Update (6/4/2021): This afternoon, Secretary Watson’s office sent a statement saying that he continues to have concerns about the voter ID law.

“Regarding Voter ID, the statutory provisions about Voter ID cards make specific references to the Mississippi Constitution. My concern about Voter ID being challenged stems from the fact it was originally passed by a ballot initiative and put into the Constitution by a process the Court has now deemed unconstitutional in its recent ruling about the medical marijuana initiative process,” he said. “While I believe a challenge would fail for several reasons, the safest way to keep our Voter ID law intact and prevent it from being in jeopardy is for the legislature to take quick steps to clean up the statutes instead of leaving it up to the judiciary to decide.”

“My concern about Voter ID being challenged stems from the fact it was originally passed by a ballot initiative and put into the Constitution by a process the Court has now deemed unconstitutional in its recent ruling about the medical marijuana initiative process,” Mississippi Secretary of State Michael Watson, seen here at the Neshoba County Fair on July 31, 2019, said in a statement on June 4, 2021. Photo by Ashton Pittman

The part of Section 23-15-7 that mentions the Constitution is (2), which says “The registrar of each county shall provide a location in the registrar’s office at which he or she shall accept applications for Mississippi Voter Identification cards in accordance with the Mississippi Constitution.” It also says that counties with two judicial districts “shall provide a location in the registrar’s office in each judicial district at which he or she shall accept applications for Mississippi voter Identification Cards in accordance with the Mississippi Constitution.”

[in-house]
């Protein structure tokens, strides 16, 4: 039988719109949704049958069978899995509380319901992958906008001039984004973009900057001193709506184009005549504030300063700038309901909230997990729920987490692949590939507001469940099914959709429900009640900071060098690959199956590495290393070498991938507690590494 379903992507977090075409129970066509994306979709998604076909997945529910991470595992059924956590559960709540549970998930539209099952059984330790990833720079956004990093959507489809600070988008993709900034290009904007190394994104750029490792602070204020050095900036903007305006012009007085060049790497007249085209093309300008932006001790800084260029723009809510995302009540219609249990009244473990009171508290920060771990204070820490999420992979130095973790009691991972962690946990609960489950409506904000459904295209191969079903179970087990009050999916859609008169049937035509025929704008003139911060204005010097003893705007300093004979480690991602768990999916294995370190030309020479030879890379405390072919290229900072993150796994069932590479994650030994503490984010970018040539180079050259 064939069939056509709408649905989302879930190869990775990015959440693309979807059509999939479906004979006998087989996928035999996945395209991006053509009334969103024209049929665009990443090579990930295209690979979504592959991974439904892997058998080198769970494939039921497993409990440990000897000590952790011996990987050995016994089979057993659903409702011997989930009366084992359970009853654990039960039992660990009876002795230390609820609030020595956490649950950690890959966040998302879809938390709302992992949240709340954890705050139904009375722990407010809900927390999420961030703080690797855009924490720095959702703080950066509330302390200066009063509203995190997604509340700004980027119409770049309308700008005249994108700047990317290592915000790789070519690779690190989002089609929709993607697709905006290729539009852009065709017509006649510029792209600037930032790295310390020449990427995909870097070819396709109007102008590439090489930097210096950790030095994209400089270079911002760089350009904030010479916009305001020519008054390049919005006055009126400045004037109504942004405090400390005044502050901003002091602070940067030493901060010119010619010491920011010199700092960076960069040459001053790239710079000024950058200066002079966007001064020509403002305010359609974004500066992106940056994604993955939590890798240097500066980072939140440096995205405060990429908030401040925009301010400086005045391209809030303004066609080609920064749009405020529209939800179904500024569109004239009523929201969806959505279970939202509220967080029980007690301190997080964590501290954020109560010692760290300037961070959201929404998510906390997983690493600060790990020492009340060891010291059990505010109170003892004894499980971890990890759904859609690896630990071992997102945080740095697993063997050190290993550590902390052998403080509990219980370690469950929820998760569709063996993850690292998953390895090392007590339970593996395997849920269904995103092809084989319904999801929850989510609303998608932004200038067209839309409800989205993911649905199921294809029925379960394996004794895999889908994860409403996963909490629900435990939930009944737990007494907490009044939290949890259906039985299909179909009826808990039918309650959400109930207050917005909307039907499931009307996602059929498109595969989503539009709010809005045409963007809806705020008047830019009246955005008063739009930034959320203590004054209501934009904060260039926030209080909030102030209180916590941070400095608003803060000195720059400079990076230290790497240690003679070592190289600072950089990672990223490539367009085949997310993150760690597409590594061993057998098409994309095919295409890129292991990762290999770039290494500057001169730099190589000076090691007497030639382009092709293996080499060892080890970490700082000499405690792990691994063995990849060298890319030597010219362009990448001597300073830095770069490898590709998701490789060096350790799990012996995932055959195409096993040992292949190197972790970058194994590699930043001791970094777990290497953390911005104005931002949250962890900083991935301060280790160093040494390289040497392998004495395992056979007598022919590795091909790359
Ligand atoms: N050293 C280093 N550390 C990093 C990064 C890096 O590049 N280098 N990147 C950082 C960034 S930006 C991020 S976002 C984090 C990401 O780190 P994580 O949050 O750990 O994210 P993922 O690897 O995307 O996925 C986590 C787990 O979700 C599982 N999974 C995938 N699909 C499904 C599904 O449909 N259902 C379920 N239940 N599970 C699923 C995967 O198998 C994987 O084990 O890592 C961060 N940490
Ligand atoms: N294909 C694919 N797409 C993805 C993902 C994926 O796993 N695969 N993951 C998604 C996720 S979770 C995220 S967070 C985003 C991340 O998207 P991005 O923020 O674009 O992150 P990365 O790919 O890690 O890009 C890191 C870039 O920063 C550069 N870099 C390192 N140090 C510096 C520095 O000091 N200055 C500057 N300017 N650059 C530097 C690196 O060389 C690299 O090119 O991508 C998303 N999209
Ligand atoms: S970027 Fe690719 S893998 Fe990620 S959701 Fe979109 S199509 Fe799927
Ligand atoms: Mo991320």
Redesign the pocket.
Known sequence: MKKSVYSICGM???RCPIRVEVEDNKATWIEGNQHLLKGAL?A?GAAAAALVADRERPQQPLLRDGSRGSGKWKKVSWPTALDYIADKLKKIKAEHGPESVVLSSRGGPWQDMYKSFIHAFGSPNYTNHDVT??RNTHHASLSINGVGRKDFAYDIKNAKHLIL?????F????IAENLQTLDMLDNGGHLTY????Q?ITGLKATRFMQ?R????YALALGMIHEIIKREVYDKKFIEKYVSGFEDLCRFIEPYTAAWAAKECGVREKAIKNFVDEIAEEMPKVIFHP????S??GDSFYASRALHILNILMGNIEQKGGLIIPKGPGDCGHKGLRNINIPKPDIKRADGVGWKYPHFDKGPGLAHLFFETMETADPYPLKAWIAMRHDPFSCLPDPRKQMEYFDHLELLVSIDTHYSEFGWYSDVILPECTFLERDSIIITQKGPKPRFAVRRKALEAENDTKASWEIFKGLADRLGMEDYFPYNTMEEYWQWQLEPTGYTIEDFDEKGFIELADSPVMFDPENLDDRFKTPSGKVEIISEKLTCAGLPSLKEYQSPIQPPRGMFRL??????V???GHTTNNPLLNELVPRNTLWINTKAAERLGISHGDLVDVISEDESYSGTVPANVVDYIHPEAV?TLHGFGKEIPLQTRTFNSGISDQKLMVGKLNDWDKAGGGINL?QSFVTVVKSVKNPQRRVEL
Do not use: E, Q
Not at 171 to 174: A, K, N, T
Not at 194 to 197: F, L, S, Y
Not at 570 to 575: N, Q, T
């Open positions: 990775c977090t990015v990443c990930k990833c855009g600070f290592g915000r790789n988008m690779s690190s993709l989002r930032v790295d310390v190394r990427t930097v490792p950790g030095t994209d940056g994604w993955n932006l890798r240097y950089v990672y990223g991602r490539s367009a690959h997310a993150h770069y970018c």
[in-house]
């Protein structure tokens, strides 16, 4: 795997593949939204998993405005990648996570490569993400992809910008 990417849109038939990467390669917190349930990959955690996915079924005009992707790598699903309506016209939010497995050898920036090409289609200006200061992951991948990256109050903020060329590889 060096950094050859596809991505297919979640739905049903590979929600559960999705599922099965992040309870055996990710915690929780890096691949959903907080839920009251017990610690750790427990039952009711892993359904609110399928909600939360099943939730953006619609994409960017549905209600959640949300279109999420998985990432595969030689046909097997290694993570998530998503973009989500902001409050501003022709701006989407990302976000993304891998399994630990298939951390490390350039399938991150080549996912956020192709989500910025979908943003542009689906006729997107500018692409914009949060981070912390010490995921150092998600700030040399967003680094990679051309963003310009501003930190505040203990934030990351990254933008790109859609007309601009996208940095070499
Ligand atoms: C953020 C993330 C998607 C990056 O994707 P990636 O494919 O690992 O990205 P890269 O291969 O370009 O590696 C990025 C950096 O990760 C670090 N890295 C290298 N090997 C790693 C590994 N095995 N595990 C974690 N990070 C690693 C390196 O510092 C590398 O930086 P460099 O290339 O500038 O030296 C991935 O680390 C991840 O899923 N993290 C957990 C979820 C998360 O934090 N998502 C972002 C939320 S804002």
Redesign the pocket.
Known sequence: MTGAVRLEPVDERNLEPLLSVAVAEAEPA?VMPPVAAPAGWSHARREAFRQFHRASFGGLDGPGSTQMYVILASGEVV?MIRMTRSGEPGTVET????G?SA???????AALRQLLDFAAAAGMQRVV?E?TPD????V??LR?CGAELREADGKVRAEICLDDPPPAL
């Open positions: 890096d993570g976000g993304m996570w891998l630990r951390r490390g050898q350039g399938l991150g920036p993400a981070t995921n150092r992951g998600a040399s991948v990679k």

The portion of the law that requires the state to provide those ID cards and for it to issue them for free to citizens does include the phrase, “in accordance with the Mississippi Constitution,” however.

On Tuesday, June 8, Mississippians will vote for new city leaders in municipalities across the state. The polls will be open from 7 a.m. to 7 p.m. Voters must provide an accepted form of photo ID or a receipt for a state-issued voter ID if they applied for one within 45 days of the election. Voters who do not have an ID when they arrive at the polls may vote by affidavit.

Correction: An earlier version of this story said Lt. Gov. Delbert Hosemann was secretary of state from 2011 until 2020. He served as secretary of state from 2008 until 2020. We apologize for the error.

Share on facebook
Share on twitter
Share on linkedin

Comments

Can you support the Mississippi Free Press?

 The Mississippi Free Press is nonprofit, solutions journalism for Mississippians and others who care about the state. 

Our newsroom runs on donations from people who care about Mississippi and this reporting. We thank you for reading and ask for your financial support.

Click the Support button below or at the very top of the site. Your donation will be made through the Community Foundation for Mississippi, our fiscal agent. Thank you!

Donate to our 2021 Capital Campaign today!